Nary a spot of green grass was left unoccupied by revelers on Israel’s Independence Day as nearly the entire country headed to the parks for traditional barbecue picnics.
Israelis began claiming ground at parks and forests from the early morning, loaded with picnic foods and grills. Many sites reported full capacity and some were closed to visitors by the afternoon because of lack of space.
Smoke lingered in the air in the country’s capital until late at night. Parks had been packed all day, covered with picnic blankets, grills and large spreads of food.
Israelis celebrate Independence Day with a traditional Middle Eastern barbecue of kebab and other meats complemented by large quantities of pita bread, hummus, and salads. Independence Day follows the somber Memorial Day, when Israelis remember fallen soldiers and civilians victims of terror attacks.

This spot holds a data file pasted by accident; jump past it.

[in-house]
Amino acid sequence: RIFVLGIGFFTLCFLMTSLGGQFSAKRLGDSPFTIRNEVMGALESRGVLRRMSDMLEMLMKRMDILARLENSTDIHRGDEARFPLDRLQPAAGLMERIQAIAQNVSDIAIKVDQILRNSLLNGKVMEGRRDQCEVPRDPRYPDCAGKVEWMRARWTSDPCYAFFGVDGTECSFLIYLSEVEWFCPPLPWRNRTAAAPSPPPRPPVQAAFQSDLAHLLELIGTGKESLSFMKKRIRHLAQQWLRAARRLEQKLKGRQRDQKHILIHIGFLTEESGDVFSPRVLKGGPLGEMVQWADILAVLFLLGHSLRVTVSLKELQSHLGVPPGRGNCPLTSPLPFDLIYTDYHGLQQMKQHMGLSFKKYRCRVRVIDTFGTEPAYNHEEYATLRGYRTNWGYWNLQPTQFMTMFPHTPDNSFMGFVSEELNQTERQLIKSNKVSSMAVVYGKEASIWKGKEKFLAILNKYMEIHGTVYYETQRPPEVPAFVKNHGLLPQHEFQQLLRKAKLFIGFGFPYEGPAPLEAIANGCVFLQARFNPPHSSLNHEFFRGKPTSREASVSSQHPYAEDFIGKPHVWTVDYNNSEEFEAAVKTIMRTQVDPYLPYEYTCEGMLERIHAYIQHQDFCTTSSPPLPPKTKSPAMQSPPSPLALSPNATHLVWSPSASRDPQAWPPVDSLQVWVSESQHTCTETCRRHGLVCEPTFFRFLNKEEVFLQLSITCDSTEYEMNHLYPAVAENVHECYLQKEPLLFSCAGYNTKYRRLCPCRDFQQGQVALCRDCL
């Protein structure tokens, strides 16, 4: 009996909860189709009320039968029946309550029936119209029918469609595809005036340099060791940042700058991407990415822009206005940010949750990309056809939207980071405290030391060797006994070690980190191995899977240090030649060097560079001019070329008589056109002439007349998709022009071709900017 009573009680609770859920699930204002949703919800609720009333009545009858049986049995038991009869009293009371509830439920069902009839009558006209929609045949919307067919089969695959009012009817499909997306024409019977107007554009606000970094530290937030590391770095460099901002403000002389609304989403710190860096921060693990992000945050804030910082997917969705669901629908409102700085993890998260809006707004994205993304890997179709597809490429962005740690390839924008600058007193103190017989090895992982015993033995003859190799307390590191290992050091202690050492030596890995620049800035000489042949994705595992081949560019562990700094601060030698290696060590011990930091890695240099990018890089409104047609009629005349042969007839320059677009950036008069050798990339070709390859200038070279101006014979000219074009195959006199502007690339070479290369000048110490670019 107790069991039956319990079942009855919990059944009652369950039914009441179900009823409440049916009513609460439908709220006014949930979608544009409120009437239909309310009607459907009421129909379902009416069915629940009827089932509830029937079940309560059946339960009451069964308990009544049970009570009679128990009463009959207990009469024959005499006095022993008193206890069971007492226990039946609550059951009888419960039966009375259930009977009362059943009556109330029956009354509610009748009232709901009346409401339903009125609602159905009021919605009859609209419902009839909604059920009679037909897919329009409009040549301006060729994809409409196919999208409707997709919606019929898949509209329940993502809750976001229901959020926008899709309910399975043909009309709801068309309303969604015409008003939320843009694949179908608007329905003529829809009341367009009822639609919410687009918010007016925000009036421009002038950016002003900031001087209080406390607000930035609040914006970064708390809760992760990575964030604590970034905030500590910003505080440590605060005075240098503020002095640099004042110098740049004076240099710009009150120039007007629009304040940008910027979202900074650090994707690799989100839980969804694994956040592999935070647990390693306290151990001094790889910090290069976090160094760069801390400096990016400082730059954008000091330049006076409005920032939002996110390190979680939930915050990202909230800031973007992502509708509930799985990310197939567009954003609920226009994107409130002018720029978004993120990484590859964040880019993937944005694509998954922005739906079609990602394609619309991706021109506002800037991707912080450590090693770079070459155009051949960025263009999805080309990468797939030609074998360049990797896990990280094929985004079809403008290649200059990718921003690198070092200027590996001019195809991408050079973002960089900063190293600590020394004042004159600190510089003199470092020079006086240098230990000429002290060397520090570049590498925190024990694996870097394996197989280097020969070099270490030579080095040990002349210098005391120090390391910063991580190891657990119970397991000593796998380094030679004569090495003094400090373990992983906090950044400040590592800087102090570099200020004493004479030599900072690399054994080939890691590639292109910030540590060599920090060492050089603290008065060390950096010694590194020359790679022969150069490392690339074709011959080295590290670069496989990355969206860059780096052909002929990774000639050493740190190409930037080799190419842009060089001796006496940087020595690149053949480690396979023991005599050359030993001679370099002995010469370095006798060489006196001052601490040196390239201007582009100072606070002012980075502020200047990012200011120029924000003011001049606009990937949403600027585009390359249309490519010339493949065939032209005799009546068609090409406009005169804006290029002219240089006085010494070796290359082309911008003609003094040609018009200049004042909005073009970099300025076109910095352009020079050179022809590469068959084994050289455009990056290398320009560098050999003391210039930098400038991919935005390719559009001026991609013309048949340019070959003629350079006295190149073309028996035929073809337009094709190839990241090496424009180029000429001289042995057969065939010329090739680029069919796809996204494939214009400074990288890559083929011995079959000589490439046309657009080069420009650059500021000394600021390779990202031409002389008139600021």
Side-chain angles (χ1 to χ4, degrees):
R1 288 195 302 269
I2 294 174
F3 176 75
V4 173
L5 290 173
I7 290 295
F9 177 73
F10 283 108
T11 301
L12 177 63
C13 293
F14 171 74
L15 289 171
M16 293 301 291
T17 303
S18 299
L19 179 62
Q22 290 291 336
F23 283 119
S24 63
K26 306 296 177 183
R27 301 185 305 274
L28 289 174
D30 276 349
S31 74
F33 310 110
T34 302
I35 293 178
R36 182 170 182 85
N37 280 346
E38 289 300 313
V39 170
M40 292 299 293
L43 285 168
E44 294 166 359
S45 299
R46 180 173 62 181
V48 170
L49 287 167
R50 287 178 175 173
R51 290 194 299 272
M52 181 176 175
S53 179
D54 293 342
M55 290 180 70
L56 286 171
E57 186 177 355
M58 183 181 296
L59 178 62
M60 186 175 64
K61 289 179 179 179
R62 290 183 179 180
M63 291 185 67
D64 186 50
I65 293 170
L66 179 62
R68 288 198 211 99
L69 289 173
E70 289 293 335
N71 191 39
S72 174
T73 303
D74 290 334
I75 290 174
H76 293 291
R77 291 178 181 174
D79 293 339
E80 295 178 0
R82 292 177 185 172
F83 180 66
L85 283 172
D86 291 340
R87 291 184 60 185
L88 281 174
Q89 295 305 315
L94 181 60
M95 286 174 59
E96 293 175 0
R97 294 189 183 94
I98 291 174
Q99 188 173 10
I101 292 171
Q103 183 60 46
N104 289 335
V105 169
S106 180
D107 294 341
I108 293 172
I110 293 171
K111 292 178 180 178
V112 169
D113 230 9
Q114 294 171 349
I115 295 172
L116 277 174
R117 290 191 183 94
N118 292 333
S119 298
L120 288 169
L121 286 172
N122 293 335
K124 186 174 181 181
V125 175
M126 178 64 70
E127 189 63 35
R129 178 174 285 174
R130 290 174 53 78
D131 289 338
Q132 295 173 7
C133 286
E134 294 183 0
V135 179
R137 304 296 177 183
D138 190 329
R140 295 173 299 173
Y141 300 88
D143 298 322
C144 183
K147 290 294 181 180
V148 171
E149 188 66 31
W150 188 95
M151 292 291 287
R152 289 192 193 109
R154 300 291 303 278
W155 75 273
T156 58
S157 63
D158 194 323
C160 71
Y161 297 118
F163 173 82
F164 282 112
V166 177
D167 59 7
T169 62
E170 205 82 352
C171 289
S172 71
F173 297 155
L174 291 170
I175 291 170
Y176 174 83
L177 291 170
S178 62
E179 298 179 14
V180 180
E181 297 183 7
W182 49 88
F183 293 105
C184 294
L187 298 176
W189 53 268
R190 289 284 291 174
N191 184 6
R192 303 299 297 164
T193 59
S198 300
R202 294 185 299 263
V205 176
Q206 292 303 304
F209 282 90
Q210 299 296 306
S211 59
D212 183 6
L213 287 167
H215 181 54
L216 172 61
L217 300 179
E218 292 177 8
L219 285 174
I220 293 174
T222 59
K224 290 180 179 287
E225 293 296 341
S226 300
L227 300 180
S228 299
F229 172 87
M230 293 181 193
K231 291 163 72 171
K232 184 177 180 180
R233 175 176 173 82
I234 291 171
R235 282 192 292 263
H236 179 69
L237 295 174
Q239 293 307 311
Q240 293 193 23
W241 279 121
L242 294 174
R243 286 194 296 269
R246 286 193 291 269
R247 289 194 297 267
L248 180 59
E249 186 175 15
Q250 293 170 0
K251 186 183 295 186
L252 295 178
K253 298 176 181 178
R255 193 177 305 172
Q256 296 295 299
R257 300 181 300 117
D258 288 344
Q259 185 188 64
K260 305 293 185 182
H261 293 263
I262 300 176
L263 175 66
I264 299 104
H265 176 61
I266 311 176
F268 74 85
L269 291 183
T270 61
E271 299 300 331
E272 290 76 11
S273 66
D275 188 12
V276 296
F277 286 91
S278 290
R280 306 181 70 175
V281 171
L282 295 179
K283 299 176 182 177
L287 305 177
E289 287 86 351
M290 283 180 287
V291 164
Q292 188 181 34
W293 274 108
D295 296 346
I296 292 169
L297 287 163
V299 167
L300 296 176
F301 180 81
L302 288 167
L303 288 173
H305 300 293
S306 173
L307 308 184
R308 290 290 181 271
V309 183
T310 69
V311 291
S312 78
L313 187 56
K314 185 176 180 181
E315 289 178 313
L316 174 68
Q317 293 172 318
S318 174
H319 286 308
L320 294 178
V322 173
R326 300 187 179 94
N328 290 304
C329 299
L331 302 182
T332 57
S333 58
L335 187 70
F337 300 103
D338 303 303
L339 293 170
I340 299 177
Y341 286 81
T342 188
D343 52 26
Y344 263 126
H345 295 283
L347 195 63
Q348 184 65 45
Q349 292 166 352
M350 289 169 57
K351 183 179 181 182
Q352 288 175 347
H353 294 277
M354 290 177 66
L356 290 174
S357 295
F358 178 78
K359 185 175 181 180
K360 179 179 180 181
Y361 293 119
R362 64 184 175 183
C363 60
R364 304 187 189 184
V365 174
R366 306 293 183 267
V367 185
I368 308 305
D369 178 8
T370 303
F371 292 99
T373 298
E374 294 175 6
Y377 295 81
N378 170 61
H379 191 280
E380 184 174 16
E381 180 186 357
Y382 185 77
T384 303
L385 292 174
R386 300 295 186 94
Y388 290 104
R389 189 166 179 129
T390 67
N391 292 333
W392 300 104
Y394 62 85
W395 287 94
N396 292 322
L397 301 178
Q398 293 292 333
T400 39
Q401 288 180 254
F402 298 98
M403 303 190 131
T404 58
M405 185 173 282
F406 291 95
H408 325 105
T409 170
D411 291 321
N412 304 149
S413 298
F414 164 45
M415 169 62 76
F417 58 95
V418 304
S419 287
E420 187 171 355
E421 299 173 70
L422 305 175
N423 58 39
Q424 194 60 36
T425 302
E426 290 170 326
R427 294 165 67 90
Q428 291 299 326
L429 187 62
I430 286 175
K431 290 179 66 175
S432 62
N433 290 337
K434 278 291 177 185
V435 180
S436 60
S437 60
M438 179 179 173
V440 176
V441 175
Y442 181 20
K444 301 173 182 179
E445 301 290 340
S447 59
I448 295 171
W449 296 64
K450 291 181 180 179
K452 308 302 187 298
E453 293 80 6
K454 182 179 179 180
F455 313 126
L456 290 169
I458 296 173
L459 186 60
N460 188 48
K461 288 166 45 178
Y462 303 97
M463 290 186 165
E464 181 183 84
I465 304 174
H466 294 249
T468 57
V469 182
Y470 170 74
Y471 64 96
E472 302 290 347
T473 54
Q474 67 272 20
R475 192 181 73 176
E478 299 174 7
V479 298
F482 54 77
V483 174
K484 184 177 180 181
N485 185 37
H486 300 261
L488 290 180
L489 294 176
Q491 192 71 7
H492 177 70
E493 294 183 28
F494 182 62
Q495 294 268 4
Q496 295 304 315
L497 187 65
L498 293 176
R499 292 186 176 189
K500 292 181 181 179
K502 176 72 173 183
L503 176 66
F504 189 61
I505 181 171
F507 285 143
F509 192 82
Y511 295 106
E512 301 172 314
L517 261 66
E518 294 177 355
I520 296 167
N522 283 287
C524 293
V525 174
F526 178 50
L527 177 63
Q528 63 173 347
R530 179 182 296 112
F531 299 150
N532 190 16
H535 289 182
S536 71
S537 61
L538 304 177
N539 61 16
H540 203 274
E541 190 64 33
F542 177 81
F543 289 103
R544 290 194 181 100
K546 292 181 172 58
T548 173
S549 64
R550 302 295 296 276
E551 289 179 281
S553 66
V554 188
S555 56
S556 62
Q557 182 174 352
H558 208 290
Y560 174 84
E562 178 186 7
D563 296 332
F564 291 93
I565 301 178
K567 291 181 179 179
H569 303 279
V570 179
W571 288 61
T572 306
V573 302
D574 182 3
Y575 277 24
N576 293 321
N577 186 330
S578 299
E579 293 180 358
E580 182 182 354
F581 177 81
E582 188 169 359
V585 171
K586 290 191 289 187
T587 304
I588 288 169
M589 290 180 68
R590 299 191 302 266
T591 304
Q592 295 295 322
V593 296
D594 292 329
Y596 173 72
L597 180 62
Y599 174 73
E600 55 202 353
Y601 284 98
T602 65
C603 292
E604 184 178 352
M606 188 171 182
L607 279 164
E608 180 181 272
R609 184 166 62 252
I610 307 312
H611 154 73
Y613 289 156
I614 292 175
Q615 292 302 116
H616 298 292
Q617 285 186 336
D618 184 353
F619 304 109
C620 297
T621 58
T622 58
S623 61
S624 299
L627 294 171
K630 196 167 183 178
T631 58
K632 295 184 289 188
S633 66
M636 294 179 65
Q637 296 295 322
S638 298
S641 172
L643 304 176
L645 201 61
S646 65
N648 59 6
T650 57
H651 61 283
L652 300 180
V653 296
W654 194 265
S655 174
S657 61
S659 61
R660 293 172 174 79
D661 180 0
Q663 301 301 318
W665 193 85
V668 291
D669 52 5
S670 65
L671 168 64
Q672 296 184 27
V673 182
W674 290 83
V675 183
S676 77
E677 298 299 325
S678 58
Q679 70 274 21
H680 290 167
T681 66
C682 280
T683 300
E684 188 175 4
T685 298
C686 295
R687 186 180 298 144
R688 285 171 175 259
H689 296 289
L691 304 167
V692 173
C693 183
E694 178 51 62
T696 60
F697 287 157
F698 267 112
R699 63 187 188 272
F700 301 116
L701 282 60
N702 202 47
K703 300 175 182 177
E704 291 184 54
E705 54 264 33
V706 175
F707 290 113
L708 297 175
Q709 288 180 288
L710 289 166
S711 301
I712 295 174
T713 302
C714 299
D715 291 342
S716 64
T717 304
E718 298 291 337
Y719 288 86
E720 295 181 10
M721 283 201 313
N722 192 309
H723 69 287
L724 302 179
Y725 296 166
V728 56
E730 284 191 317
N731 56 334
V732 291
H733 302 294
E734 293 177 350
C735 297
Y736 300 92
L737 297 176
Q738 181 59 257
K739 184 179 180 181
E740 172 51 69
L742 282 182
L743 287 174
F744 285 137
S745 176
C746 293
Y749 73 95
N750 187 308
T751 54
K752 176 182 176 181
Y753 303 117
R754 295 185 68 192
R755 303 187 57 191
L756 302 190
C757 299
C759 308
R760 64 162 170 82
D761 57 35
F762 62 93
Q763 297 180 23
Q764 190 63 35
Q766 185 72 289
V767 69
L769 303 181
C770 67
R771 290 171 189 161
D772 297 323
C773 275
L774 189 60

The somber day is quickly replaced by jubilant celebrations. On the eve of Independence Day young people chase each other down in the street with shaving cream. Several fireworks displays are set off as well. The barbecue is the following day.
The population was expected to consume 1,000 tons (2 million pounds) of meat and poultry products on Independence Day this year, according to the Manufacturers Association of Israel. The Israeli public purchases ahead of the "barbecue holiday" 10 million portions of hamburgers, kebabs, steak, sausages and poultry worth approximately 20 million shekels ($4.5 million), the association revealed. The average price of 1 kg. (2.2 pounds) of processed poultry meat stands at 20 shekels ($4.5) nowadays, similar to the price in 2005.